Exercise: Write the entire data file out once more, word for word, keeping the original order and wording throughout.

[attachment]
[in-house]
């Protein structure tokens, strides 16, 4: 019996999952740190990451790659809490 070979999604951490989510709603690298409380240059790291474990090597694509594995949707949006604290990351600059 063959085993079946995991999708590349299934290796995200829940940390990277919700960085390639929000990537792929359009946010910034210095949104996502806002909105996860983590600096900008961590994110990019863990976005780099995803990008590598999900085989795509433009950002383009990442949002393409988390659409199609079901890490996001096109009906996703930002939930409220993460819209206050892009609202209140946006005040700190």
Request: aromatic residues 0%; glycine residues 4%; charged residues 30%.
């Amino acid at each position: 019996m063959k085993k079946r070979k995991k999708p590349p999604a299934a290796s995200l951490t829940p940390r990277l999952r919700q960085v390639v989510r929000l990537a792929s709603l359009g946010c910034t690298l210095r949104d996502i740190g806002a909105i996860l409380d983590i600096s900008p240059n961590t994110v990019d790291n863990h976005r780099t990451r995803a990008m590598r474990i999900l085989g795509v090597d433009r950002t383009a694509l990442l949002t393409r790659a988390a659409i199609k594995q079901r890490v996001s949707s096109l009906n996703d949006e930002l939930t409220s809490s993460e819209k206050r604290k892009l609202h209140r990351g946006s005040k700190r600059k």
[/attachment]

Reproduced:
[in-house]
């Protein structure tokens, strides 16, 4: 019996999952740190990451790659809490 070979999604951490989510709603690298409380240059790291474990090597694509594995949707949006604290990351600059 063959085993079946995991999708590349299934290796995200829940940390990277919700960085390639929000990537792929359009946010910034210095949104996502806002909105996860983590600096900008961590994110990019863990976005780099995803990008590598999900085989795509433009950002383009990442949002393409988390659409199609079901890490996001096109009906996703930002939930409220993460819209206050892009609202209140946006005040700190």
Request: aromatic residues 0%; glycine residues 4%; charged residues 30%.
């Amino acid at each position: 019996m063959k085993k079946r070979k995991k999708p590349p999604a299934a290796s995200l951490t829940p940390r990277l999952r919700q960085v390639v989510r929000l990537a792929s709603l359009g946010c910034t690298l210095r949104d996502i740190g806002a909105i996860l409380d983590i600096s900008p240059n961590t994110v990019d790291n863990h976005r780099t990451r995803a990008m590598r474990i999900l085989g795509v090597d433009r950002t383009a694509l990442l949002t393409r790659a988390a659409i199609k594995q079901r890490v996001s949707s096109l009906n996703d949006e930002l939930t409220s809490s993460e819209k206050r604290k892009l609202h209140r990351g946006s005040k700190r600059k």